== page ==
My late father loved this city’s architecture and history. The Pullman neighborhood, a 10-minute drive from our Calumet Heights home, offered a perfect combination of those passions.

We’d brunch at the Hotel Florence, a stately time capsule full of original furnishings at 111th Street and Forrestville Avenue that was named for the favorite daughter of town founder and passenger railcar entrepreneur George Pullman. Walking tours past red brick row houses transported us back to the 1880s in what was arguably the nation’s most significant planned industrial city — a town for Pullman Palace Car Company employees.

The Hotel Florence closed in 2000. While there was talk of honoring Pullman’s significance in the American labor and civil rights movements, it was considered another underresourced Far South Side neighborhood.

That changed in 2015, when President Barack Obama proclaimed Pullman a national historic district. On Labor Day 2021, the Pullman National Monument celebrated the opening of its visitor center, becoming Chicago’s only national monument. Here’s what to explore when you go.

The Monument

The Pullman National Monument incorporates all buildings in the area bounded by 103rd and 115th Streets, Cottage Grove Avenue, and the Bishop Ford Freeway. Besides the visitor center, the monument includes the Hotel Florence, Pullman Wheelworks Apartments, Market Hall, Engine Company 80 Firehouse, National A. Philip Randolph Pullman Porter Museum, workers’ homes, Greenstone United Methodist Church, Arcade Park, and Pullman Exhibit Hall.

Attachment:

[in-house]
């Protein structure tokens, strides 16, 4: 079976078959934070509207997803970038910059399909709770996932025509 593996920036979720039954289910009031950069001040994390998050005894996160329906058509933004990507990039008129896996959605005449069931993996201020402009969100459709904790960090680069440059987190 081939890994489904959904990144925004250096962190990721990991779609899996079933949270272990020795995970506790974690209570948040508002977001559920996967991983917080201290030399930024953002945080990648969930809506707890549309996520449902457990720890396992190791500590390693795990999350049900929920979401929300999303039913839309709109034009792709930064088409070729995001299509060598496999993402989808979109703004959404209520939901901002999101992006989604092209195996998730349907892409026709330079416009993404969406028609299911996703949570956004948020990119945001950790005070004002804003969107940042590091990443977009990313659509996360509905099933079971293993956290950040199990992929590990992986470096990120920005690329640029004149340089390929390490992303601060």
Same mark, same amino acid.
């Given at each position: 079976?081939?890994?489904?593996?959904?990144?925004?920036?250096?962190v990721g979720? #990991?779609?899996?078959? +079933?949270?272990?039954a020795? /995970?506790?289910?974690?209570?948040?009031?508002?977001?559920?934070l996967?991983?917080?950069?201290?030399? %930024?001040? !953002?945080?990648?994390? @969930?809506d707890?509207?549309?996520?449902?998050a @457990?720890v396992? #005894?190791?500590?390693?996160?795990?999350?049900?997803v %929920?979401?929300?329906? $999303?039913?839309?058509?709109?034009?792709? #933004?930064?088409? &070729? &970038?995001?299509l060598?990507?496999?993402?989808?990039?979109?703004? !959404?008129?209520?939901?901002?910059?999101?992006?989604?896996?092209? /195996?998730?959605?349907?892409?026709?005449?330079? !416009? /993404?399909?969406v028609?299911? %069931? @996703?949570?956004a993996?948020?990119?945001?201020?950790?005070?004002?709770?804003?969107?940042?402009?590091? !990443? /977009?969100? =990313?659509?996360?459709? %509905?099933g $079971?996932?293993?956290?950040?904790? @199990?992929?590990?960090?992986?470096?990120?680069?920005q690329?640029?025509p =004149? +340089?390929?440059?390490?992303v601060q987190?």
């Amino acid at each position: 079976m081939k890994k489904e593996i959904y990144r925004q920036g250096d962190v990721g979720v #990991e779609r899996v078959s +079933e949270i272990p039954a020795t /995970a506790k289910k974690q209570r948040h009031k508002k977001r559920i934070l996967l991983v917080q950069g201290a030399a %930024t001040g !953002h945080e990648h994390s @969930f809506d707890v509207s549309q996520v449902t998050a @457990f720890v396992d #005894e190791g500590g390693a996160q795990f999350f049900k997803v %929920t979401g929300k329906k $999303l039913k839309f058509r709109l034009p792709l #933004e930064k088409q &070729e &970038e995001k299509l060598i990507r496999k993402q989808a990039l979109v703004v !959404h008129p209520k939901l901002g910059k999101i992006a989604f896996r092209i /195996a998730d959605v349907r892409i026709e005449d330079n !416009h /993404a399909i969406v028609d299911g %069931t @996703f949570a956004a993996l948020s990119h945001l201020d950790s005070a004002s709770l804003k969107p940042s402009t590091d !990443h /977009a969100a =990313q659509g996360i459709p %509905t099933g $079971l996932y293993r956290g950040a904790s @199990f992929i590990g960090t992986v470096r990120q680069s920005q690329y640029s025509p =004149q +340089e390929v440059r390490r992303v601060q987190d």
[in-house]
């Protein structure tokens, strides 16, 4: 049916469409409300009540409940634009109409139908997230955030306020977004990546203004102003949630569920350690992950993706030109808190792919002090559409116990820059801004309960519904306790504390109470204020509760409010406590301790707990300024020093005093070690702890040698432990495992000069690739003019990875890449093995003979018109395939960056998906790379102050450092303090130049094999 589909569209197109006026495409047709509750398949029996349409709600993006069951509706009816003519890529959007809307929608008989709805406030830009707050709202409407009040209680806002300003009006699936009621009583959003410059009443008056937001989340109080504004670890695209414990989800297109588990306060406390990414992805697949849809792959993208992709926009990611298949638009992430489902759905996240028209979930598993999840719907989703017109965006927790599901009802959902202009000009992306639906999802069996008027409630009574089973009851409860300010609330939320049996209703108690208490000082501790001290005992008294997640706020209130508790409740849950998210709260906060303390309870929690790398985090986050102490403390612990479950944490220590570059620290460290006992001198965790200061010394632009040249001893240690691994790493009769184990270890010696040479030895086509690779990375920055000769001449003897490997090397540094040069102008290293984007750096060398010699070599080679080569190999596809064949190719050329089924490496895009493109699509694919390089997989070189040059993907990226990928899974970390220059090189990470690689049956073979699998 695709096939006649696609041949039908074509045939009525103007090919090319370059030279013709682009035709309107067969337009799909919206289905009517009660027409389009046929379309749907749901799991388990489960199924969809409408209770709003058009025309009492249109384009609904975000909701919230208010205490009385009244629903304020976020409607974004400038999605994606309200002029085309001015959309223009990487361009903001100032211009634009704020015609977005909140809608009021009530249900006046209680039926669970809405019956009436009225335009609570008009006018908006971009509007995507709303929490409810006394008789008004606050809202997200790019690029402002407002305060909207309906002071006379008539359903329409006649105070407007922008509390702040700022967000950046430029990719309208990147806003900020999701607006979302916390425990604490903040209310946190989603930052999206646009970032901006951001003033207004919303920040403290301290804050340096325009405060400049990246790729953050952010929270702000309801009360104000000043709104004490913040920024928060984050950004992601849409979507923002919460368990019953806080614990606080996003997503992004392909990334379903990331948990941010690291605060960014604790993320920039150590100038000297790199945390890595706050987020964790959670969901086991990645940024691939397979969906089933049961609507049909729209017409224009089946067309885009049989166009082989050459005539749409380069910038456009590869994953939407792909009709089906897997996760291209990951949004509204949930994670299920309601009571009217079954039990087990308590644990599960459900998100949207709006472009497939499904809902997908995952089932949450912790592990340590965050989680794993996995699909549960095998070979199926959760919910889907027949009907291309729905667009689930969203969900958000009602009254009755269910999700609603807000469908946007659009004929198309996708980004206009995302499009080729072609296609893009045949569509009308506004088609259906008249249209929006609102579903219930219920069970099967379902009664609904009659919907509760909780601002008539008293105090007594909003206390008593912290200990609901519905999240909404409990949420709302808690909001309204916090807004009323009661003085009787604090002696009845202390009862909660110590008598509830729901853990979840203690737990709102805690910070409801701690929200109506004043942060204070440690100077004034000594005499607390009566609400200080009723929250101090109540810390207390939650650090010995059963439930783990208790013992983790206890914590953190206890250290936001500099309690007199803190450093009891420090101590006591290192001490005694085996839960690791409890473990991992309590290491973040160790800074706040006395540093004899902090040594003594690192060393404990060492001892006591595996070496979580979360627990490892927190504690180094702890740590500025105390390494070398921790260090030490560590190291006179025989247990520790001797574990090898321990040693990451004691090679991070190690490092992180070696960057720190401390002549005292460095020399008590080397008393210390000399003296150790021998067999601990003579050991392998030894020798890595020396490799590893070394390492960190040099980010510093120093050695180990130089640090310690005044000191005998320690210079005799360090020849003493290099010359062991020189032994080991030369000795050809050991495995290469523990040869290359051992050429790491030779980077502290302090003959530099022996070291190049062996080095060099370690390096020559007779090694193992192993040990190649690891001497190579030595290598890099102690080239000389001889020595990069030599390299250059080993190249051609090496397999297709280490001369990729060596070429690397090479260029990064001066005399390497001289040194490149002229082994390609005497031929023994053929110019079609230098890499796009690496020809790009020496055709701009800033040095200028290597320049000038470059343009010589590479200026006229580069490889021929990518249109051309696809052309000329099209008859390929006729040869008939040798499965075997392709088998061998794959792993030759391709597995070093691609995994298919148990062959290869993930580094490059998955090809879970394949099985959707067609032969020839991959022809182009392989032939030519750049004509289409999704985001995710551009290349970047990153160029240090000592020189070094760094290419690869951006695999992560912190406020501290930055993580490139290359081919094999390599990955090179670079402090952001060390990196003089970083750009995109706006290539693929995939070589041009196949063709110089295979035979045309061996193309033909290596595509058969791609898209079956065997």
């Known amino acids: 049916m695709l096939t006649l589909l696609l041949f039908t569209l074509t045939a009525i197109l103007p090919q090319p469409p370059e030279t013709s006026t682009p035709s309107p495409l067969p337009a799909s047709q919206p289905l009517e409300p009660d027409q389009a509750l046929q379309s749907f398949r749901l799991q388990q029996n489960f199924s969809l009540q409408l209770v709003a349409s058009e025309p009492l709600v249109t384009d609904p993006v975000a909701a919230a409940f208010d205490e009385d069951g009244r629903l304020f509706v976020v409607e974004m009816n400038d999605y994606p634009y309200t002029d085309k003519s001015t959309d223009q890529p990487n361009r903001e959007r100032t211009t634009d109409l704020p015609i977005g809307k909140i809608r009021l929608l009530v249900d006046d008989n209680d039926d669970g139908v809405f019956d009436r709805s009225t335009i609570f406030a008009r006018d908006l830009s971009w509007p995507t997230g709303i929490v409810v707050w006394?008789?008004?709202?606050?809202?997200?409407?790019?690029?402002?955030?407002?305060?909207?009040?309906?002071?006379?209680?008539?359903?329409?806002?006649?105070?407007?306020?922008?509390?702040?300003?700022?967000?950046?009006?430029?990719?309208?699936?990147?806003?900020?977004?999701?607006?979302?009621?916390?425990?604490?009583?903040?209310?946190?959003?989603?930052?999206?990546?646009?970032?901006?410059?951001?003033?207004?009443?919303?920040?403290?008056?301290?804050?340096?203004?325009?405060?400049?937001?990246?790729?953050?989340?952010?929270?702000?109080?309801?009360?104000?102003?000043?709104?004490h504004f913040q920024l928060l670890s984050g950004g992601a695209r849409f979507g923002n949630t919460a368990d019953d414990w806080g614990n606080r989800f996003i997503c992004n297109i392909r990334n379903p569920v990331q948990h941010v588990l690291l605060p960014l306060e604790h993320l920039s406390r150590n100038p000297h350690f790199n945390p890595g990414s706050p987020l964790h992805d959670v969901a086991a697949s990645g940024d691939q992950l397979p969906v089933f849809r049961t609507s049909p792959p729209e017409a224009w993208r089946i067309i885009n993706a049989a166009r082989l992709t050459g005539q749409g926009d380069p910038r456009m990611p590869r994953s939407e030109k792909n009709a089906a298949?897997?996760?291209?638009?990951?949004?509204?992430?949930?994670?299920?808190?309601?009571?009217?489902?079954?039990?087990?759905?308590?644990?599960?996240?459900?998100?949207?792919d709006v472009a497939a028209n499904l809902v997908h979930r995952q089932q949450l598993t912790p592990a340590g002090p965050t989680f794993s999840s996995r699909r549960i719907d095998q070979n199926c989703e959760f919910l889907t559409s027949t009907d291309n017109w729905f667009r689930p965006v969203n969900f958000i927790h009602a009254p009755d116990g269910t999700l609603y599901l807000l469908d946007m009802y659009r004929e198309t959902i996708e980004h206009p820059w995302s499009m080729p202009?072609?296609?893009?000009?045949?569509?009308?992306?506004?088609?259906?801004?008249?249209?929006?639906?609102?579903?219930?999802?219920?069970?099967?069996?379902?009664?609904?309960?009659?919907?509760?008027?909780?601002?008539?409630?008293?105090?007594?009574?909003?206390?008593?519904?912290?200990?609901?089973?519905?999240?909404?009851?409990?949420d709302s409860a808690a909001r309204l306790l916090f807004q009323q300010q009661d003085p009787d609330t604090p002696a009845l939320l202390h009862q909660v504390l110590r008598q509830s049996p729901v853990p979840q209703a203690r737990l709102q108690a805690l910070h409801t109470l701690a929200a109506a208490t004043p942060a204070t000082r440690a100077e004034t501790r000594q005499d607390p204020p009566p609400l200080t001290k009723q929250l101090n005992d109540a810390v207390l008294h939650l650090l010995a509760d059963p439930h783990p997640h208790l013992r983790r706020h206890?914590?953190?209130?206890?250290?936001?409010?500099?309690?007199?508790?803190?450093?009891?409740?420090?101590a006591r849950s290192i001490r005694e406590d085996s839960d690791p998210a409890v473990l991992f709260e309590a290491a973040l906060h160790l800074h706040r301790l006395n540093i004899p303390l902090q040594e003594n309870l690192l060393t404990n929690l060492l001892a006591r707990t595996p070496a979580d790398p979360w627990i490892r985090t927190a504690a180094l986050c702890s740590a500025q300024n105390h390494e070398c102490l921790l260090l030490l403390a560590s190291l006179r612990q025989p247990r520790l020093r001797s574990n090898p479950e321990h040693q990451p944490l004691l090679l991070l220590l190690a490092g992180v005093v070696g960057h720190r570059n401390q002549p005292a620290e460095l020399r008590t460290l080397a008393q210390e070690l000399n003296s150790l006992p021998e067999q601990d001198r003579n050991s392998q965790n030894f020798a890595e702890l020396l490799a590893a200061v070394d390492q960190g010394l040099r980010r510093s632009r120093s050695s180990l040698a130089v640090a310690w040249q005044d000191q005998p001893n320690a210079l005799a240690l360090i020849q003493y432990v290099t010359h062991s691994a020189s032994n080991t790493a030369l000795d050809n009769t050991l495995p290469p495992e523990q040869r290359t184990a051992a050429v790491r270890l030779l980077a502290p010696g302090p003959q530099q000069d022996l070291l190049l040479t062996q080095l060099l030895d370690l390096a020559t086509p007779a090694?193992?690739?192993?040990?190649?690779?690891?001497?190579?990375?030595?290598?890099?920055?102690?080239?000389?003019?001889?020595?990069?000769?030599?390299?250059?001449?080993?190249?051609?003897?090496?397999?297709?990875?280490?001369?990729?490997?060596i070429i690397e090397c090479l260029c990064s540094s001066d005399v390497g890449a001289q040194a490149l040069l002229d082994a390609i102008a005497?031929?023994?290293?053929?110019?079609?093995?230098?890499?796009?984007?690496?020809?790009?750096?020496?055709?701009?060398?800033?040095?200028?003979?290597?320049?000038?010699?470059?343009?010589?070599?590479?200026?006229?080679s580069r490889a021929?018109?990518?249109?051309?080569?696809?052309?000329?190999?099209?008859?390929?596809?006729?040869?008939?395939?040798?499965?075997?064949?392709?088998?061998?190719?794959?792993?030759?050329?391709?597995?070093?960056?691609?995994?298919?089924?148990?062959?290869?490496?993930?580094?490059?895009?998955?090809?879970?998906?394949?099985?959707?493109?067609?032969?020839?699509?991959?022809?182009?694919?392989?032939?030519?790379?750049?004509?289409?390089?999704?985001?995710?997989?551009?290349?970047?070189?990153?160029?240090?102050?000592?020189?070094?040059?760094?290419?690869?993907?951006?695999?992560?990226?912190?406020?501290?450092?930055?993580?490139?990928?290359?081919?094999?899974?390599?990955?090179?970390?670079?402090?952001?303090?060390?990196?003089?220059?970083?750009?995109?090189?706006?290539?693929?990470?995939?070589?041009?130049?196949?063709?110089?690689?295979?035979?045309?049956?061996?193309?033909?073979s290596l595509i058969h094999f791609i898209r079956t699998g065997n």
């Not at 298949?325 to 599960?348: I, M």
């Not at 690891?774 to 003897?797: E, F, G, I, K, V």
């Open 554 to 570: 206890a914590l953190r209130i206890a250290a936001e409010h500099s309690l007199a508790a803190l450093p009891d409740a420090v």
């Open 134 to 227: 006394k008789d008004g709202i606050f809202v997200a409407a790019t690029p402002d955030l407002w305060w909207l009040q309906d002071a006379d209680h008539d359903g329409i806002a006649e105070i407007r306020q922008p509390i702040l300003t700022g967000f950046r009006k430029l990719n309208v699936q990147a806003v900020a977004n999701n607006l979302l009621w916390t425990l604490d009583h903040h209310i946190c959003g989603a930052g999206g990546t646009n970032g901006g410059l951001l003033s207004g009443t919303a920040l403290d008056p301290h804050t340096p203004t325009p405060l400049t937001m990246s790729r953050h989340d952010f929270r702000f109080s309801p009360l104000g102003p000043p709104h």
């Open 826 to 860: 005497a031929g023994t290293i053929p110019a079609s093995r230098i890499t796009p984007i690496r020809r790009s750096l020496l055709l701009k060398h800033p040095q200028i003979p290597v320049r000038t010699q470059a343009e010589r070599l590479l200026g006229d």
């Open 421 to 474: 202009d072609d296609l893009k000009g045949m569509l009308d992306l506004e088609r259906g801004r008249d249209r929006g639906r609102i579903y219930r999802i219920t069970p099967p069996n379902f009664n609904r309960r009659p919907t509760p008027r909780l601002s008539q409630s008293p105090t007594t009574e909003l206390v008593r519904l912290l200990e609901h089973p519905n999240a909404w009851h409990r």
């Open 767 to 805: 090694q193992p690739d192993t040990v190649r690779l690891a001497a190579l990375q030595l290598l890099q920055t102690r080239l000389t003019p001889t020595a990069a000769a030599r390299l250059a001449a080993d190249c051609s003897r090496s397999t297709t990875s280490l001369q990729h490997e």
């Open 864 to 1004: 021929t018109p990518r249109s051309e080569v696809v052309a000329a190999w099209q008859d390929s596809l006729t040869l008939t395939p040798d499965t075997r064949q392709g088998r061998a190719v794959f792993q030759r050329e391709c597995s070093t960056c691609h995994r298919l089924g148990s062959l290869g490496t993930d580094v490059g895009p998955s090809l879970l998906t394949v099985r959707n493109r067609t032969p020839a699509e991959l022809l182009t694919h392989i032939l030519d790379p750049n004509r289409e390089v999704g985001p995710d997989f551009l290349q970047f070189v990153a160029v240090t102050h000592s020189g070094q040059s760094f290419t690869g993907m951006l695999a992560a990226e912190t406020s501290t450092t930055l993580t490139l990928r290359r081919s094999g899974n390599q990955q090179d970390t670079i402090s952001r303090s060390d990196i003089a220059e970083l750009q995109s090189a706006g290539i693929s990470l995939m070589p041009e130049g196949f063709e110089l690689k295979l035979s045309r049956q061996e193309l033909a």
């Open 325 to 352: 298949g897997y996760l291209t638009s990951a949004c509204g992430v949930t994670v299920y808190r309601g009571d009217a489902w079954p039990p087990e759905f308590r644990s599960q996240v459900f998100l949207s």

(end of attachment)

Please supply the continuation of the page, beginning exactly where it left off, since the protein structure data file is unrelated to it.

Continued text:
The Visitor Center

George Pullman enlisted famed architect Solon Spencer Beman and landscape architect Nathan F. Barrett to design Pullman’s public spaces, including the administration building and its sprawling railroad-themed campus. Workers were recently seen completing renovations on the buildings and planting spring bulbs around the grounds. 11001 S. Cottage Grove Ave. Open 9 a.m. to 5 p.m. every day except Thanksgiving, Christmas, and New Year’s.

Not Your Father’s Museum

The visitor center’s interactive exhibit outlines the impact of the company and the town’s history, but does not make a hero of George Pullman. It poses tough questions about his controlling and paternalistic attitude toward town employees and the “company first” policies that led to the infamous 1894 labor strike, when he cut wages but refused to lower rent. The creation of Labor Day as a federal holiday was among the outcomes of the violent strike.

The Brotherhood of Sleeping Car Porters

A. Philip Randolph and the all–African American Pullman porters are a rich part of the Visitor Center experience. By the 1930s, the company was the nation’s largest employer of African Americans. Pullman porters were known for impeccable passenger service. Randolph founded the Brotherhood of Sleeping Car Porters, brokering the first major labor agreement between a Black-led union and a corporation.

Other Highlights

The nearby Ryerson steel plant site has been developed into a retail complex anchored by Walmart and including the South Side’s first food hall, One Eleven Food Hall, 756 E. 111th St., featuring vegan cuisine from Majani and ribs from Lexington Betty Smoke House. A Black-owned Culver’s at 11051 S. Doty Ave., just off the Bishop Ford, is bringing jobs to the neighborhood. The $20 million Pullman Community Center, a multisport complex, opened in 2018 at 10355 South Woodlawn Avenue.